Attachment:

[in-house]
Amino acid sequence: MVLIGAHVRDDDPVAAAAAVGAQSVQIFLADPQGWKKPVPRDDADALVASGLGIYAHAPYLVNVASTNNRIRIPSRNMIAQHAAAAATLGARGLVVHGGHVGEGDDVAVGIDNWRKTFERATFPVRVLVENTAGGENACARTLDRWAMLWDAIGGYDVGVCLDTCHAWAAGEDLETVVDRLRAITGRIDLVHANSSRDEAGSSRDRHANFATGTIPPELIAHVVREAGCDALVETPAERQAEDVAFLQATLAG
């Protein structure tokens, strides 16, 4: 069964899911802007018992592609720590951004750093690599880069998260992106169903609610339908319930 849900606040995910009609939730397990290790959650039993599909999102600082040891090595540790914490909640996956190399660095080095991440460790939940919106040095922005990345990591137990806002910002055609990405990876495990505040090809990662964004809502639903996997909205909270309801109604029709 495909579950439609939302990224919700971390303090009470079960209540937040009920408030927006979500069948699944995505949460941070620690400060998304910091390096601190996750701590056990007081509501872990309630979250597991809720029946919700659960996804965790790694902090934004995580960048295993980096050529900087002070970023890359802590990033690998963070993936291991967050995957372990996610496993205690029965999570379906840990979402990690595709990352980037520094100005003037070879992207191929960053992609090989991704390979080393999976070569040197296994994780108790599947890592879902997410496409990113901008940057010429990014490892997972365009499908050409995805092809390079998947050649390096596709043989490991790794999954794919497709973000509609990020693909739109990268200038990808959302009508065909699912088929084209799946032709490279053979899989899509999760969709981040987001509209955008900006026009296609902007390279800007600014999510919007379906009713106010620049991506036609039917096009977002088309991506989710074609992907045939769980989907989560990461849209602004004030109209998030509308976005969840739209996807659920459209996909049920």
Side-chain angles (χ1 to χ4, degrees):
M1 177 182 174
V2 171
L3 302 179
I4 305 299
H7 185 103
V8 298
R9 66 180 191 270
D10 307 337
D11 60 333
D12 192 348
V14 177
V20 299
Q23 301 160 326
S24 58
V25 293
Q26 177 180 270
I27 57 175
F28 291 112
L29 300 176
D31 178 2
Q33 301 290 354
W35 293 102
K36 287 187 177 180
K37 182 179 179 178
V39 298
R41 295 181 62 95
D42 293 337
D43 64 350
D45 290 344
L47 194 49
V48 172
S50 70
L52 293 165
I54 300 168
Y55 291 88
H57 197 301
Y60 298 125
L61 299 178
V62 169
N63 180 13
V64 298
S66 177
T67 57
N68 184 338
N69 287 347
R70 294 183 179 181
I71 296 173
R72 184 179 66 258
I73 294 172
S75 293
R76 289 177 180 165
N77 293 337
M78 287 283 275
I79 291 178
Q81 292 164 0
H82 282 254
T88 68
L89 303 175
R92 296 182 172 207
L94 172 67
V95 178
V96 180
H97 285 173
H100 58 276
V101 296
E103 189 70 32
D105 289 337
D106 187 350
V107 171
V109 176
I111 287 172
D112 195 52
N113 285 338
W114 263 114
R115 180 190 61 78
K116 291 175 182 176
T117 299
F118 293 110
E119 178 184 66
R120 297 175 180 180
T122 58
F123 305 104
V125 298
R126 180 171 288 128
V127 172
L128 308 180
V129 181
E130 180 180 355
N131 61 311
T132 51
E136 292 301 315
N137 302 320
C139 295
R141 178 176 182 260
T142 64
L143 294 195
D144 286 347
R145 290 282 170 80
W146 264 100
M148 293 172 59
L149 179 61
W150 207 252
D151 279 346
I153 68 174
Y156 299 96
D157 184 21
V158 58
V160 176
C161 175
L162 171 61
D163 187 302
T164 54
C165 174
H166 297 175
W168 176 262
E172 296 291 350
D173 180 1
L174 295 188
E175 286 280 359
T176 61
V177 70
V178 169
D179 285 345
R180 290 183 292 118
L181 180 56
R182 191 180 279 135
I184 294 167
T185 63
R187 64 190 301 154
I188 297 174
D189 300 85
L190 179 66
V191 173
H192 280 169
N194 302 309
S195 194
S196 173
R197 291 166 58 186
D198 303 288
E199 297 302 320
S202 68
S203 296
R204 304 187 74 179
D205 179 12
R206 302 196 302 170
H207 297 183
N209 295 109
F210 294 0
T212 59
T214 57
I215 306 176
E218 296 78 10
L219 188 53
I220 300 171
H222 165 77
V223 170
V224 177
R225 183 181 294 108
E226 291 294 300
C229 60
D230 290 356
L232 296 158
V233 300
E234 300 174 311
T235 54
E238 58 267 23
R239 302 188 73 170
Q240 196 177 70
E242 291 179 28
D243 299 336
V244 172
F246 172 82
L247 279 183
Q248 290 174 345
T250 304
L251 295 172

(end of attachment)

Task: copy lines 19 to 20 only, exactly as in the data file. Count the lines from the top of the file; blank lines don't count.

V25 293
Q26 177 180 270